This chapter focuses on how labour migration to the Gulf contributed to processes of inter-state cooperation across the Middle East. Egyptian migration diplomacy targeted its unskilled and low-skilled labour and focused on ensuring bilateral coordination with Arab host-states that, in turn, led to inter-state cooperation. Egypt coordinated its emigration policy as per host-states’ needs and political sensitivities: it realised Arab oil-producing states’ labour demands, and institutionalised unrestricted short-term, or temporary, emigration across the region; the ruling regime also understood these states’ reticence to politicised migrants, and it discursively linked this form of migration to its repudiation of Nasser and his regional foreign policy, within the context of ‘de-Nasserisation’. Similarly, Arab host-states coordinated their policies to Egypt’s needs and political sensitivities: seeing an opportunity for massive numbers of unskilled and low-skilled migrant workers from Egypt, they prioritised their recruitment over other nationalities; second, they acknowledged the Egyptian regime’s desire to ‘save face’ in terms of Egypt’s deteriorating economic condition, and framed their recruitment of Egyptians as compensation for the Egyptian state’s shouldering the burden of Arab–Israeli conflict. By the end of the 1970s, short-term migration of Egyptians had resulted in inter-state cooperation in other policy fields.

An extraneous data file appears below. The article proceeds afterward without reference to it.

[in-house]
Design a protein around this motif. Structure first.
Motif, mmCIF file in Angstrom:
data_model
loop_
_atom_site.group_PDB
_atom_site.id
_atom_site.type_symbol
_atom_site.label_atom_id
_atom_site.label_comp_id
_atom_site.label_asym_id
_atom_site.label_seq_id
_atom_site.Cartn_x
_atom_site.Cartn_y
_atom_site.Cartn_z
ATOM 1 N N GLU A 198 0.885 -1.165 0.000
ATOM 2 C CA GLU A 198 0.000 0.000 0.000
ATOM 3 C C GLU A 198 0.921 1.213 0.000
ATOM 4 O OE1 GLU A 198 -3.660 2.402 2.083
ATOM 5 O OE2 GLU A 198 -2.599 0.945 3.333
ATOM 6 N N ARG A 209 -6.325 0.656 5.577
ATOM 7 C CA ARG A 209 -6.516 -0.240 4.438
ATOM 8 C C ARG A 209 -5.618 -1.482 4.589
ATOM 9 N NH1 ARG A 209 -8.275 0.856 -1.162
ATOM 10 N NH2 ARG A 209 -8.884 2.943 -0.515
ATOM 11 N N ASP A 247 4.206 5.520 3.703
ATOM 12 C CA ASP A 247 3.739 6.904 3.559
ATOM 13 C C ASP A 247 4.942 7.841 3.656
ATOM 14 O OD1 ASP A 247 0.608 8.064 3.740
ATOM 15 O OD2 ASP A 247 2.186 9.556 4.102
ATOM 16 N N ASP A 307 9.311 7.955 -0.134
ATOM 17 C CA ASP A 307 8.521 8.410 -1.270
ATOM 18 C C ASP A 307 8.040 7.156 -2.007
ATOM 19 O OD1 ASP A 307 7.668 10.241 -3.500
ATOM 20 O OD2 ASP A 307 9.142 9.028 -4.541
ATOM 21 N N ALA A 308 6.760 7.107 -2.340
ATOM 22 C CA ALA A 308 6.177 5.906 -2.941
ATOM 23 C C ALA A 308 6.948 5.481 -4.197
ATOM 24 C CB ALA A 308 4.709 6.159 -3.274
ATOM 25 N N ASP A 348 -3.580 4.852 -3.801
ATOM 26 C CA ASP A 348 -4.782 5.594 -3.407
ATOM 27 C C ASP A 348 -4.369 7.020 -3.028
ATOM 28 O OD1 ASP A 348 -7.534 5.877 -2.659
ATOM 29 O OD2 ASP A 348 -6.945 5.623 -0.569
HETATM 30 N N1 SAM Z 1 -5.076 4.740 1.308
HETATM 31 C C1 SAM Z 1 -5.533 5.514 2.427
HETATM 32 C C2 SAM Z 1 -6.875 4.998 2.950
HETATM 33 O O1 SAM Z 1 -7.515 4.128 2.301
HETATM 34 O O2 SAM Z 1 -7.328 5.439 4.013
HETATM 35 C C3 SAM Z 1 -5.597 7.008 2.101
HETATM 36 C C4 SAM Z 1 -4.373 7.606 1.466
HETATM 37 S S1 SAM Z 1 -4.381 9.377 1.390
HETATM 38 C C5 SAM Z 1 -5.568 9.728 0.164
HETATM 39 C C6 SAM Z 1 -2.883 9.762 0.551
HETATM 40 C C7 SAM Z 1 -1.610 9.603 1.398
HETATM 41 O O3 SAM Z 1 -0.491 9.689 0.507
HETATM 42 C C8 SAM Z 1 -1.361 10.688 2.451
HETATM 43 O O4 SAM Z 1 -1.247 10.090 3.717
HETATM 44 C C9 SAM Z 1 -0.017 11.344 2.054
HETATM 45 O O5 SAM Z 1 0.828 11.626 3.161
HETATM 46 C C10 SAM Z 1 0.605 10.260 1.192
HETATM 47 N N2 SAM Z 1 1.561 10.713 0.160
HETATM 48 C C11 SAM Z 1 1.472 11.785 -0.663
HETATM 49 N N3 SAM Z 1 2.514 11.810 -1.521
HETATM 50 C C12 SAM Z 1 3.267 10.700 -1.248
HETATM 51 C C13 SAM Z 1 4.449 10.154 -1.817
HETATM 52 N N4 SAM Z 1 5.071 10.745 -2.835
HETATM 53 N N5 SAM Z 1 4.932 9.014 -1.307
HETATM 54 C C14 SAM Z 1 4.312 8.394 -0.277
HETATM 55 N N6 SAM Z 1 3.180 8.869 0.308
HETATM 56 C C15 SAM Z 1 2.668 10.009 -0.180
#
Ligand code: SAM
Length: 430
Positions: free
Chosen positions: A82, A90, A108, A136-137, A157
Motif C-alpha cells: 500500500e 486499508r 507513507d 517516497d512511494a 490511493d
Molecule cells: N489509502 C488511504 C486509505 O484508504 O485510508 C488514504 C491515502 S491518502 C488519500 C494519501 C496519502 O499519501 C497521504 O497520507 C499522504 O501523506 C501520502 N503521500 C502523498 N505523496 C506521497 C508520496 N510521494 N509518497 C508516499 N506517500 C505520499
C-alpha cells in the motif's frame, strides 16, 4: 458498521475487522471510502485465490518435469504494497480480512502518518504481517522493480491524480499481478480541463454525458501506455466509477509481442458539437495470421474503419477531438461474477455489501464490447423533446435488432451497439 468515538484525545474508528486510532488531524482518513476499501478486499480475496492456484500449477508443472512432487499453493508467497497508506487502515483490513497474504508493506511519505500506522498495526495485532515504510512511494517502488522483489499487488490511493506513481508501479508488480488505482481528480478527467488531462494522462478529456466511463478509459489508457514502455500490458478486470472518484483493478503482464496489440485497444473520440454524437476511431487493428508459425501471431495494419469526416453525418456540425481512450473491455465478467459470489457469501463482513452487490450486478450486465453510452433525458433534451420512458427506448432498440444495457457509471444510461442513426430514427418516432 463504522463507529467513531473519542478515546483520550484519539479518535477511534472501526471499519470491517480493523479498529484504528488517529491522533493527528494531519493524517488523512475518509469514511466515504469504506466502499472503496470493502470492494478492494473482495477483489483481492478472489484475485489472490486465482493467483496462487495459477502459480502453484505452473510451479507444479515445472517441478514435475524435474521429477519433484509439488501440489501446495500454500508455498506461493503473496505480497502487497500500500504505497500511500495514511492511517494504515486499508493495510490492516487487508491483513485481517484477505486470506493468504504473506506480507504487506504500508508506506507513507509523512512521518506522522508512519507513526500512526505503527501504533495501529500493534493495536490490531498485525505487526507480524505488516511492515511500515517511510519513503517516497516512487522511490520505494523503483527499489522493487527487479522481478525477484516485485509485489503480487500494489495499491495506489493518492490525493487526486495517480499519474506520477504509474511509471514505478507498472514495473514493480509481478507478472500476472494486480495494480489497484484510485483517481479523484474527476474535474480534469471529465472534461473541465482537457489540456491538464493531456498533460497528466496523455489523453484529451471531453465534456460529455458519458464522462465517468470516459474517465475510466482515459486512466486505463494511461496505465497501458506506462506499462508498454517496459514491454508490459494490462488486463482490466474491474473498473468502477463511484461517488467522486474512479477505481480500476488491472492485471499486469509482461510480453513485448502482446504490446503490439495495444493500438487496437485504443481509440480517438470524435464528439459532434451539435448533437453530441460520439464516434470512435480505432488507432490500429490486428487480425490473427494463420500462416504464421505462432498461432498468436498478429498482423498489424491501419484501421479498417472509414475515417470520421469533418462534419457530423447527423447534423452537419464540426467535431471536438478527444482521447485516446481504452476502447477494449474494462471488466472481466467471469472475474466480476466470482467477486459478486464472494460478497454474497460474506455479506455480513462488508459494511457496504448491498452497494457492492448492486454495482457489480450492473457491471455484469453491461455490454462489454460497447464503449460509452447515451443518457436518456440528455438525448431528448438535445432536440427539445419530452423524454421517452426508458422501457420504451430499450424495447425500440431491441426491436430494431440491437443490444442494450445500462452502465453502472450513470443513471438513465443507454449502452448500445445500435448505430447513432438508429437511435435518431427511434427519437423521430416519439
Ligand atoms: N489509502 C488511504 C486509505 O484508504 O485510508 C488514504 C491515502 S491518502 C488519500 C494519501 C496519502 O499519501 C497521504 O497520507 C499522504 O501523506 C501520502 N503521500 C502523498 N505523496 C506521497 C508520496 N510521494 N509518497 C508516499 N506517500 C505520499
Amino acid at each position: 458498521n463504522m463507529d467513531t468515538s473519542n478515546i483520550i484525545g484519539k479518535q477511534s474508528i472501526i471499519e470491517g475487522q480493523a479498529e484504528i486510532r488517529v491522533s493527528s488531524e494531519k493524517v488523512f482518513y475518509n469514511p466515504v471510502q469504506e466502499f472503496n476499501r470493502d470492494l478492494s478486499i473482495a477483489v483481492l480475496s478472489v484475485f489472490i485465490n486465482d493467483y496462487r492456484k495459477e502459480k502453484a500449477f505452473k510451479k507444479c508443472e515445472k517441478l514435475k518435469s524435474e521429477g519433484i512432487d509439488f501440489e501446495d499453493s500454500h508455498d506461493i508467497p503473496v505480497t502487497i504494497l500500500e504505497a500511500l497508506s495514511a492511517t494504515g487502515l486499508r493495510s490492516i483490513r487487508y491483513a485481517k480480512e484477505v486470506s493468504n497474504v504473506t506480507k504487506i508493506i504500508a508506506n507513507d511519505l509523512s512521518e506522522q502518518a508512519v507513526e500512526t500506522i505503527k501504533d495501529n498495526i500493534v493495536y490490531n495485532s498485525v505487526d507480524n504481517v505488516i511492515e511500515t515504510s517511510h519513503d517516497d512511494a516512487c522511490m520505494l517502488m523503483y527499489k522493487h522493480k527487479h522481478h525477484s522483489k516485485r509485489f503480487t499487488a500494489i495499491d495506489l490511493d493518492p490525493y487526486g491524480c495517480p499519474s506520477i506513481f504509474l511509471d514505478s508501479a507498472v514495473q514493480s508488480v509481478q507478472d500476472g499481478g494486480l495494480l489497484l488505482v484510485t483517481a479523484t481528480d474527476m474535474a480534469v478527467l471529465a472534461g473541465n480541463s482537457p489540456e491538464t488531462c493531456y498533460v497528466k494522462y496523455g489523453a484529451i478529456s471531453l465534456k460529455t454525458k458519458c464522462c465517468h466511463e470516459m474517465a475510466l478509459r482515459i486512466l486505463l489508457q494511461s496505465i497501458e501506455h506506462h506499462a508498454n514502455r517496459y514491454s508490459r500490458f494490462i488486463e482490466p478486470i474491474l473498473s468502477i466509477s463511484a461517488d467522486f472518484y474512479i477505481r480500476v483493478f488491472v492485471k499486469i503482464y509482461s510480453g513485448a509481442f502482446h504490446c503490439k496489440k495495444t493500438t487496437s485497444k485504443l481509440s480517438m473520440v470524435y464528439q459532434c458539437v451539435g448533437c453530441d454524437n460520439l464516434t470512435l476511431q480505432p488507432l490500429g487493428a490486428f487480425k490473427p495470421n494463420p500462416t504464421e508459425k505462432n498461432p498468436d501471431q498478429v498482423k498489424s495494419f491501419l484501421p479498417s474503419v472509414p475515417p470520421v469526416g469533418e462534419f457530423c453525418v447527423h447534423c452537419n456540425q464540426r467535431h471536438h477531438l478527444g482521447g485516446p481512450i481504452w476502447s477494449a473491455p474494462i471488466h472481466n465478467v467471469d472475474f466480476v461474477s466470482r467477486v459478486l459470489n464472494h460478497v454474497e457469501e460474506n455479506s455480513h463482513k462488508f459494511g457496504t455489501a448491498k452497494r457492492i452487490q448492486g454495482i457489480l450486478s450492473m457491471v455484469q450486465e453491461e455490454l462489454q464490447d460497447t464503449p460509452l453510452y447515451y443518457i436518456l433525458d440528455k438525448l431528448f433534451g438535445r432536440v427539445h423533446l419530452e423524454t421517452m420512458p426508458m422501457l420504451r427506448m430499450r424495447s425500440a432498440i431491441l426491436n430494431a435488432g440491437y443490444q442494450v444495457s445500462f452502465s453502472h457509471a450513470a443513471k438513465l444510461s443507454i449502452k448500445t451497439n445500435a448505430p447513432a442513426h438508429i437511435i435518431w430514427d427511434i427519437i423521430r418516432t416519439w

This chapter introduces the themes of this book, pointing to the unexplored research question of how cross-border mobility features in regional competition for political power and, more particularly, in the foreign policy strategies of migrant and refugee sending, transit- and host-states. It provides an overview of relevant work in the field of migration politics, before introducing the concept of migration diplomacy. It continues to discuss the book’s methodology and data collection strategies, as well providing an overview of the chapters to follow.